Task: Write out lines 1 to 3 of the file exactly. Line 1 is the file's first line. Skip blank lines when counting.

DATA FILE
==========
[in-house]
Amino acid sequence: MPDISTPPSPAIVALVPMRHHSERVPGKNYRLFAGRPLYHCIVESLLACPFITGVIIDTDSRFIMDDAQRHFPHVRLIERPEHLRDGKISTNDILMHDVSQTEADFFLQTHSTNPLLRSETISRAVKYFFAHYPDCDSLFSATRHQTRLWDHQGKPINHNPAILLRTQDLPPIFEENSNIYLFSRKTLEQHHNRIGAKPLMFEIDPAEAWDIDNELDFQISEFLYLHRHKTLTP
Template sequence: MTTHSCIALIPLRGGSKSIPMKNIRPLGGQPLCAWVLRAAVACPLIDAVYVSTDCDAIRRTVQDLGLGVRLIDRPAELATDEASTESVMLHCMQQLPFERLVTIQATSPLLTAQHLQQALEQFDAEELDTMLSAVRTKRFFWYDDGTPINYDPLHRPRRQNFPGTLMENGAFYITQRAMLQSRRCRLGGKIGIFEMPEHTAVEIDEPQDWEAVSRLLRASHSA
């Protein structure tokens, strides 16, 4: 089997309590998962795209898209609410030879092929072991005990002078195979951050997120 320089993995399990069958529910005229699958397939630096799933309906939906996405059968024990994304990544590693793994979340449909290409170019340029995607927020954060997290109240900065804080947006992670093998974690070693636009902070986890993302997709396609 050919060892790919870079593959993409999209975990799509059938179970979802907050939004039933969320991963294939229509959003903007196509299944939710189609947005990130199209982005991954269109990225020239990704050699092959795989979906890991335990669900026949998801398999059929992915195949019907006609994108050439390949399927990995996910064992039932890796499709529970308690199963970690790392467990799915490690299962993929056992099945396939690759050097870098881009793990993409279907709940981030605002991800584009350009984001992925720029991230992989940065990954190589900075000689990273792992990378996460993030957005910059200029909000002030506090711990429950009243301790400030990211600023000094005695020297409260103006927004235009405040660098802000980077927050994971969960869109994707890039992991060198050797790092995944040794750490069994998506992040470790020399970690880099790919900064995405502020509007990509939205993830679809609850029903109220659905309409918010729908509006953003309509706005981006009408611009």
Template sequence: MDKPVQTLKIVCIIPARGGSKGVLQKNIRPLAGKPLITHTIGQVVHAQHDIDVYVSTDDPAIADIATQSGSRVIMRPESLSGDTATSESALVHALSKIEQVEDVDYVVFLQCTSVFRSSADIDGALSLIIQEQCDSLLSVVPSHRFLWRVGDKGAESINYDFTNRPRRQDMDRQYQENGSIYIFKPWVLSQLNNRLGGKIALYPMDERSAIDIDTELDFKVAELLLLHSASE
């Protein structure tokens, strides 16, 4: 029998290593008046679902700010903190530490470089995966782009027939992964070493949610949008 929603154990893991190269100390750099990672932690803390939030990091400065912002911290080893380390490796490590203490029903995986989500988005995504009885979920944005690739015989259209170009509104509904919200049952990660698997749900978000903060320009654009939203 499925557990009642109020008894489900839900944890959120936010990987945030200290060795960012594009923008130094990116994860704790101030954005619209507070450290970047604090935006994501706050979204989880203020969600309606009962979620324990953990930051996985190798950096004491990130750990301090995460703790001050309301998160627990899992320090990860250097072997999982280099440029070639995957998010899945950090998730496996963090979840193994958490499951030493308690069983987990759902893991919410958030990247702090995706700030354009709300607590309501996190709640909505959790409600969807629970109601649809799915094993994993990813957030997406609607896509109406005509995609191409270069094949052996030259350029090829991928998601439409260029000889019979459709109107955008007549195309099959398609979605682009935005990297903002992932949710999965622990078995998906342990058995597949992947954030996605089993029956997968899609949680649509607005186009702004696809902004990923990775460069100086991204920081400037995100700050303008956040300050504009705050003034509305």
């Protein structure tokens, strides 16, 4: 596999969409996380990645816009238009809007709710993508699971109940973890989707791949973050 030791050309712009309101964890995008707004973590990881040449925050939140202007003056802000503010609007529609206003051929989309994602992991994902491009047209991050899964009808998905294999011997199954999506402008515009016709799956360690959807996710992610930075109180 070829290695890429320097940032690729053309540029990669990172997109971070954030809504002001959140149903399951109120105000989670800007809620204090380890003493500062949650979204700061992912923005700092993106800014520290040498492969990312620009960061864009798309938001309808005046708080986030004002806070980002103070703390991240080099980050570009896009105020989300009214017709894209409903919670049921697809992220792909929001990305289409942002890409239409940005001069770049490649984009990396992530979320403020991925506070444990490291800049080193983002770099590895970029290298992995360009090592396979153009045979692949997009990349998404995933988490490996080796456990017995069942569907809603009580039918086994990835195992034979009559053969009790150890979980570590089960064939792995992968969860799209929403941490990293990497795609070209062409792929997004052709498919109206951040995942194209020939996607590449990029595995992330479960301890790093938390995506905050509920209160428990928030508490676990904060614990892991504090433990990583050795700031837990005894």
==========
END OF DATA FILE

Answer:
[in-house]
Amino acid sequence: MPDISTPPSPAIVALVPMRHHSERVPGKNYRLFAGRPLYHCIVESLLACPFITGVIIDTDSRFIMDDAQRHFPHVRLIERPEHLRDGKISTNDILMHDVSQTEADFFLQTHSTNPLLRSETISRAVKYFFAHYPDCDSLFSATRHQTRLWDHQGKPINHNPAILLRTQDLPPIFEENSNIYLFSRKTLEQHHNRIGAKPLMFEIDPAEAWDIDNELDFQISEFLYLHRHKTLTP
Template sequence: MTTHSCIALIPLRGGSKSIPMKNIRPLGGQPLCAWVLRAAVACPLIDAVYVSTDCDAIRRTVQDLGLGVRLIDRPAELATDEASTESVMLHCMQQLPFERLVTIQATSPLLTAQHLQQALEQFDAEELDTMLSAVRTKRFFWYDDGTPINYDPLHRPRRQNFPGTLMENGAFYITQRAMLQSRRCRLGGKIGIFEMPEHTAVEIDEPQDWEAVSRLLRASHSA